“The RTPI’s forthcoming report on place-based solutions to net-zero carbon transport will consider a variety of potential options such as increasing density, restricting car use, promoting mixed development and mobility hubs, and creating integrated active and public transport networks.

“As our progress towards net zero carbon reshapes the built environment, it is only with effective spatial planning that we can ensure that benefits are maximised and that the transition is just, leaving no one behind.”

Specifically on point seven, the RTPI stressed that the retrofit of existing buildings, largely unaddressed to date, would be a major challenge. It suggests a national retrofit strategy that includes measures to support the private rental sector and a stronger regulatory framework, with powers and resources for local authorities, is needed.

RenewableUK's deputy chief executive Melanie Onn said the 10 point plan is a "vital" step forward. "The UK’s success in wind power puts us in a prime position to be a global leader across a whole suite of clean-tech industries, from electric vehicles to renewable hydrogen, where we can create new UK supply chains to export our goods and expertise around the world.   

"Offshore wind is set to become the backbone of the UK’s electricity system, providing over a third of our power by 2030, and we can rapidly develop green hydrogen to decarbonise shipping, aviation and industry. The prime minister’s new 2030 hydrogen target is a vital signal to investors and the market, and we will work with Government to ensure our world-leading renewable hydrogen technologies play a full part in meeting that target."

Brian Berry, chief executive of the Federation of Master Builders (FMB), commented: “The extension of the Green Homes Grant for another year is very positive news, and shows that builders’ concerns have been listened to. This will give the reassurance needed to the building industry to invest in the scheme. However, the green revolution needs to be more ambitious about the built environment if the government is serious about creating a low carbon economy.”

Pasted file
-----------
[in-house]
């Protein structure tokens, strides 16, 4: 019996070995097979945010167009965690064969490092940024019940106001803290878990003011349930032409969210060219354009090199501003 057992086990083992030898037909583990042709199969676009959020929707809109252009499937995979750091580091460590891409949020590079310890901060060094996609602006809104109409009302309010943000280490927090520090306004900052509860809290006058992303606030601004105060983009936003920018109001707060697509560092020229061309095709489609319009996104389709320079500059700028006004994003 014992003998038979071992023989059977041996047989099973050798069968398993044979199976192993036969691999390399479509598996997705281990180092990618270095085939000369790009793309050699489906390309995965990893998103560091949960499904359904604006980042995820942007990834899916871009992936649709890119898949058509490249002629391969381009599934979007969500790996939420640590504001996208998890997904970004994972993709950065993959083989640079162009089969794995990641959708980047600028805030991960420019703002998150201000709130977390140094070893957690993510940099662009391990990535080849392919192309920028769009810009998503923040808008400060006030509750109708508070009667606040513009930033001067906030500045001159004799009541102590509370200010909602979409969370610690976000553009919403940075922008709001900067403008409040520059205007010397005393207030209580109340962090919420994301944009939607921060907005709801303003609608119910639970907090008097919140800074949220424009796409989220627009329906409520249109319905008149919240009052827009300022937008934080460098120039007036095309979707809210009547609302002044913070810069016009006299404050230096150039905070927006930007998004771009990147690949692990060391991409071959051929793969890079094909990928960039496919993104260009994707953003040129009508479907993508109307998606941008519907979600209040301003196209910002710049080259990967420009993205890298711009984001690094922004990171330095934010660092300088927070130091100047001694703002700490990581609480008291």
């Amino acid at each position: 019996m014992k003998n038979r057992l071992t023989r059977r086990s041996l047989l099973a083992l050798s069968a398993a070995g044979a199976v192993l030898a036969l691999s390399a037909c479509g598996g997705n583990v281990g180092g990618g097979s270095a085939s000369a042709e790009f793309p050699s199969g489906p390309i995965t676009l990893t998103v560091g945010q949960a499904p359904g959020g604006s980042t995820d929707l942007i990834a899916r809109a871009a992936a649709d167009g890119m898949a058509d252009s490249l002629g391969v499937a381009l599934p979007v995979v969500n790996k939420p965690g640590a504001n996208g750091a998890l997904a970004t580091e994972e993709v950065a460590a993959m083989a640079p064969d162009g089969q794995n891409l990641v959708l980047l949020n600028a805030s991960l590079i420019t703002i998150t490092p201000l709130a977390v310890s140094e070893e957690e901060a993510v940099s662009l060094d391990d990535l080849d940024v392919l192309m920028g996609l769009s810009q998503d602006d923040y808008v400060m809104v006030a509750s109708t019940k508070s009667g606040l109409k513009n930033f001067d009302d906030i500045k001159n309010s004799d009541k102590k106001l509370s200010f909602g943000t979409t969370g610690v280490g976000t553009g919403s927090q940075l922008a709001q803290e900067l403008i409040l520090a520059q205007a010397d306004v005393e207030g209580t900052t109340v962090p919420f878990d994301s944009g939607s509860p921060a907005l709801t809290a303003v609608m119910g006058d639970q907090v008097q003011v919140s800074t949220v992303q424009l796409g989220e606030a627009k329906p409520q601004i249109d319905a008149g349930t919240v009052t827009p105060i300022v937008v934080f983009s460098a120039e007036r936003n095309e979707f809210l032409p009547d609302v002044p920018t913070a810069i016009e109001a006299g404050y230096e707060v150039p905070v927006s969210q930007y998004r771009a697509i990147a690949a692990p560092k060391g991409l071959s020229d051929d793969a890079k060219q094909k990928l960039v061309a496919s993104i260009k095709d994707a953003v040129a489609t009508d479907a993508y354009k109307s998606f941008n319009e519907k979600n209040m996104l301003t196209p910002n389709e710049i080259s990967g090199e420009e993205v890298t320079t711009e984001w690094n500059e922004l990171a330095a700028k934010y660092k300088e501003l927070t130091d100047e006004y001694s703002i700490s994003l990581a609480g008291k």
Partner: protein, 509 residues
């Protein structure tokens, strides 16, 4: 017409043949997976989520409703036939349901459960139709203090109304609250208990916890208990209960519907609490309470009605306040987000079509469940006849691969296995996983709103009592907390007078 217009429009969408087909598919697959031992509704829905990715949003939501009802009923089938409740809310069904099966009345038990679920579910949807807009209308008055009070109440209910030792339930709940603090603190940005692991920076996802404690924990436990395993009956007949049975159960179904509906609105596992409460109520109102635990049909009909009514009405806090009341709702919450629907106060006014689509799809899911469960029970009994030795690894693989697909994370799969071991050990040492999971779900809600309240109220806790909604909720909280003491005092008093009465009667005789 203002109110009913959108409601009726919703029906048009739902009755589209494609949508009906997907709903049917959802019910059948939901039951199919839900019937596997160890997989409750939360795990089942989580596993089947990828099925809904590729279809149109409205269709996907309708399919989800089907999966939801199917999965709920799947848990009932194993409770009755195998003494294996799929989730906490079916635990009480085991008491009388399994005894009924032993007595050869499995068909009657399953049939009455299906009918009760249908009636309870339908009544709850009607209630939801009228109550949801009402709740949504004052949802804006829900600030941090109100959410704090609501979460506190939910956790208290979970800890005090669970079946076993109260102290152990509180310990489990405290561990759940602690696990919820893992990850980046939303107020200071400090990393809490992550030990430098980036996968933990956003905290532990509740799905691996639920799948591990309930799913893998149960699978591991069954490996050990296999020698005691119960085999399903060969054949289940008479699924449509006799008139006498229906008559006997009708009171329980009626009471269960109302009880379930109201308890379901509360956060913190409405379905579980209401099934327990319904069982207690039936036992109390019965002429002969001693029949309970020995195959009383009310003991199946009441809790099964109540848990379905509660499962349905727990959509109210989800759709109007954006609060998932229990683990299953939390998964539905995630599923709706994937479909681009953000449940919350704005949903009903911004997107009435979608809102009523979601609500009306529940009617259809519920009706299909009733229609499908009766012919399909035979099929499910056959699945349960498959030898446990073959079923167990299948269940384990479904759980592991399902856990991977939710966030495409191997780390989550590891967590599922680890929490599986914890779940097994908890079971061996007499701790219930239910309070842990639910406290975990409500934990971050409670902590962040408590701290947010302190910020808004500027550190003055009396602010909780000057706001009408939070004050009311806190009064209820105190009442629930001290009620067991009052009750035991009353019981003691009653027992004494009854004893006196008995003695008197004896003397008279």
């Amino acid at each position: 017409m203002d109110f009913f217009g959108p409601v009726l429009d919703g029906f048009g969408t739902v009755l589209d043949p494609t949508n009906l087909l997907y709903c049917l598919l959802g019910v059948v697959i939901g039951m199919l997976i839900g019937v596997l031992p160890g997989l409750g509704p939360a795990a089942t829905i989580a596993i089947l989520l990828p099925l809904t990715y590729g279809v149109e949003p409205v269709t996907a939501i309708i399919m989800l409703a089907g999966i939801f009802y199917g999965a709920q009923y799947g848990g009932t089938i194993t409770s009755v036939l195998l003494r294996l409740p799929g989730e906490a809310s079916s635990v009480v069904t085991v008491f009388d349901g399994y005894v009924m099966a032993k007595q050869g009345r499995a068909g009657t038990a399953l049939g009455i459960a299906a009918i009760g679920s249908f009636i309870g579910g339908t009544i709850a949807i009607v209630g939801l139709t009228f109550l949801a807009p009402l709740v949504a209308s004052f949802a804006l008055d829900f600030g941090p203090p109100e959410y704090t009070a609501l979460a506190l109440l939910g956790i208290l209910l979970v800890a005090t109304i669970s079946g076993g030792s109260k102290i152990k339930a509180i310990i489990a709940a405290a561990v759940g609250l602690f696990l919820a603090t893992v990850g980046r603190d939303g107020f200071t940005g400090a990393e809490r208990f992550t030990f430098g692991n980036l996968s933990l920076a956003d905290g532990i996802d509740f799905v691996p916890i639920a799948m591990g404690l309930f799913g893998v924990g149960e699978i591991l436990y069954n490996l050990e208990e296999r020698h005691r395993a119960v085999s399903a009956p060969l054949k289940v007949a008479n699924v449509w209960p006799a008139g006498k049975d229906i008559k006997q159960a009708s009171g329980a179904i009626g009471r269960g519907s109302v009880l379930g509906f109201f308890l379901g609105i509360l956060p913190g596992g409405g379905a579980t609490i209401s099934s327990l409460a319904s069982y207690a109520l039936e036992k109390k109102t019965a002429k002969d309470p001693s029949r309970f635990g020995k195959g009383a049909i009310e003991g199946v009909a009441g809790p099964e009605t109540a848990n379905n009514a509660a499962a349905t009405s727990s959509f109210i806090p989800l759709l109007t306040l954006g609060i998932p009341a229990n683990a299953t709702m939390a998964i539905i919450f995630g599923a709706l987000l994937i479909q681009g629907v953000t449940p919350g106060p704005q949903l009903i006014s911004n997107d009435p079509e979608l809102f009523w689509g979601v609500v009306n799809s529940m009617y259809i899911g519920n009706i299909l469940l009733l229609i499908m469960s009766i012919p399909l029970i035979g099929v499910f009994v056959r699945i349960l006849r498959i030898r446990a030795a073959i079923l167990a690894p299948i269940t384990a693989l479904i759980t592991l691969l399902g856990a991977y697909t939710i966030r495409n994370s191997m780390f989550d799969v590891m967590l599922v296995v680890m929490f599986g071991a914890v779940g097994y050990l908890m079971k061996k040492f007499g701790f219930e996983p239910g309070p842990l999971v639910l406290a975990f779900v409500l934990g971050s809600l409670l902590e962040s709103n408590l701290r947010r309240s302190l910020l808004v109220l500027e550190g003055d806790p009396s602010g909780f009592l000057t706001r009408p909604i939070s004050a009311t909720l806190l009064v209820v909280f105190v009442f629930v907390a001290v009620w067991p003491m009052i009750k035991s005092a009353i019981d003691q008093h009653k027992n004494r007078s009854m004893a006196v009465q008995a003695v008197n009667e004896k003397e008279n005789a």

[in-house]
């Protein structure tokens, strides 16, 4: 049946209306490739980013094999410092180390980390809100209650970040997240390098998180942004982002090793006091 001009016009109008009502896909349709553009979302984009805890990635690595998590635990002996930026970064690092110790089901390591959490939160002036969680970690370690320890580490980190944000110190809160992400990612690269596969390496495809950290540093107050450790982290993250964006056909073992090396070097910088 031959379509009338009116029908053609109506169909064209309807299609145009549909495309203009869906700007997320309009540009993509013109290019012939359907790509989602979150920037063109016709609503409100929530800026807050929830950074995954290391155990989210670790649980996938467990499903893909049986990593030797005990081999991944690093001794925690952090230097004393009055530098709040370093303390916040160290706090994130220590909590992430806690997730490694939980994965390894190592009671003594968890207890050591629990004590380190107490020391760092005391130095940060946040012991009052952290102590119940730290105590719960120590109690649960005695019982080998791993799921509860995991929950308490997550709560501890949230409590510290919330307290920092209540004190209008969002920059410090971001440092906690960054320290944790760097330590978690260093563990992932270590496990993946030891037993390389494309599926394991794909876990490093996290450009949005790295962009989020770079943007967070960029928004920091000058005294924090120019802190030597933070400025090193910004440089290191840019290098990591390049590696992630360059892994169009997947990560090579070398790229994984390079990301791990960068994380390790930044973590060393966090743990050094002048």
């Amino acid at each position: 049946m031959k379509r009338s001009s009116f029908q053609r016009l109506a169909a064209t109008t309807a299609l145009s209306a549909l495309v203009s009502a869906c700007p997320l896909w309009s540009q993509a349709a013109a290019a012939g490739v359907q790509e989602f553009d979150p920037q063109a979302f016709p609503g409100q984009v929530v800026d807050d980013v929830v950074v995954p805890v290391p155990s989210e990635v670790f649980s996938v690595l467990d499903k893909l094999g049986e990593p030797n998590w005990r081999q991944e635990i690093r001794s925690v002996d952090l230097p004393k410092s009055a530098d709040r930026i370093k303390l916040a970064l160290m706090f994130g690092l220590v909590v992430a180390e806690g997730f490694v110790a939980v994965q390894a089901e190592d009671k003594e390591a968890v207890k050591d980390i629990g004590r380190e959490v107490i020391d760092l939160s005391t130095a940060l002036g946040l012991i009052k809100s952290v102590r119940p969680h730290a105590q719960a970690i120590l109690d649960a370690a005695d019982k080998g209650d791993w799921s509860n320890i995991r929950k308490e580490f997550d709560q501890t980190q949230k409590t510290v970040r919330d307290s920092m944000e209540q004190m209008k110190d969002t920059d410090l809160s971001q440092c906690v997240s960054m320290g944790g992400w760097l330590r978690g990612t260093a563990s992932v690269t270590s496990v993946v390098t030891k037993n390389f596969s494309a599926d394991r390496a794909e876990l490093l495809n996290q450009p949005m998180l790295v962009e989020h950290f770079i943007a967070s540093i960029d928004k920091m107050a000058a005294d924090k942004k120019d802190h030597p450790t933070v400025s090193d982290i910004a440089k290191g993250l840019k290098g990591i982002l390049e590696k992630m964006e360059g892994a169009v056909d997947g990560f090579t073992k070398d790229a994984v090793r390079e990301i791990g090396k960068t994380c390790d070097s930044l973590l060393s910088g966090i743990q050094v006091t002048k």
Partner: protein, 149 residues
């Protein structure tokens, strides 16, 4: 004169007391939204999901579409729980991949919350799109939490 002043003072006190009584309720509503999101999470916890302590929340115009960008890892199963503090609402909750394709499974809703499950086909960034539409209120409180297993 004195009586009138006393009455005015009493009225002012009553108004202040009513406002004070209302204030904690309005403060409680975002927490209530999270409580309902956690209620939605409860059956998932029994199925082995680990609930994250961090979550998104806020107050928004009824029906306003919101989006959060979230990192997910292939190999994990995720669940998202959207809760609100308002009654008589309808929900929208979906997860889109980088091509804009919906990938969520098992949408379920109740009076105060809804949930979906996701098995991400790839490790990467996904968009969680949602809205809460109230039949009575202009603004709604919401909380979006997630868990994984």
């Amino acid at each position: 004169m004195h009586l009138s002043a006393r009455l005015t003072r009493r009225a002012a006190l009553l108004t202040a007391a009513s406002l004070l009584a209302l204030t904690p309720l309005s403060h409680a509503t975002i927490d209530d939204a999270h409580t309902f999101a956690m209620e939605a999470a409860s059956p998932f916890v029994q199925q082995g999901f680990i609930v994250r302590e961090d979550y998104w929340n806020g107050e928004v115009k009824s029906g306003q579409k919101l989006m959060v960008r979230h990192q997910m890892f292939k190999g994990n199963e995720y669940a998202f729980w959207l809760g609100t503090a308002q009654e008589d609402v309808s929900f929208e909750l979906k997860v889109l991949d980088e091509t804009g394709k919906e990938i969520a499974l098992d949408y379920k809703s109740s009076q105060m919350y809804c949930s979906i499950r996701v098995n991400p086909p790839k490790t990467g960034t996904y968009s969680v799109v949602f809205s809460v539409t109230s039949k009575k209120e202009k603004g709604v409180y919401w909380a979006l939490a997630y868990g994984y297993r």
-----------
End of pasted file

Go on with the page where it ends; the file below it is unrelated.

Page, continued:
“Our existing homes contribute 20 per cent of all our carbon emissions and consume 35 per cent of our energy. A long term retrofit strategy is needed over the next two decades to make all our existing homes more energy efficient. Such a strategy has the potential to create hundreds of thousands of new jobs and save the NHS as much as £2 billion because of the cost of people living in poor housing conditions.”

Hannah Vickers, chief executive of the Association for Consultancy and Engineering (ACE) which represents the companies who design, deliver and manage national infrastructure, said: “This 10 point plan is recognition that in order to meet society’s net zero aspirations, we need tangible action. We can only ‘build back better’ from Covid-19 if our growth is cleaner and greener.

“Proposals to turn London into a green financial centre are both welcome and necessary to supporting net zero ambitions, but giving local government the resilience and confidence to make carbon free investments is arguably more important.

“The positive announcements on carbon capture/storage, hydrogen, nuclear, and offshore wind are areas we championed in our comprehensive spending review representation. However, doing all this in parallel, and at the same time as decarbonising our existing building stock, remains a huge challenge and we need to see the rapid implementation of these plans.”

Friends of the Earth’s head of policy Mike Childs said the plan includes some positive commitments but "falls far short of the ambitious policy overhaul needed to demonstrate real global leadership on the climate crisis".

“A much bolder approach is needed if the UK is to create the hundreds of thousands of new green jobs and other benefits that building a cleaner, safer future will bring.

“While the phase-out of petrol and diesel cars and the pledge to build a much larger offshore wind industry are very welcome, the government must also encourage the development of onshore wind and commit to ending gas-fired heating in our homes. Without a much swifter switch to heat pumps the UK’s carbon commitments may not be met."

Read more:

Johnson wants to create more national parks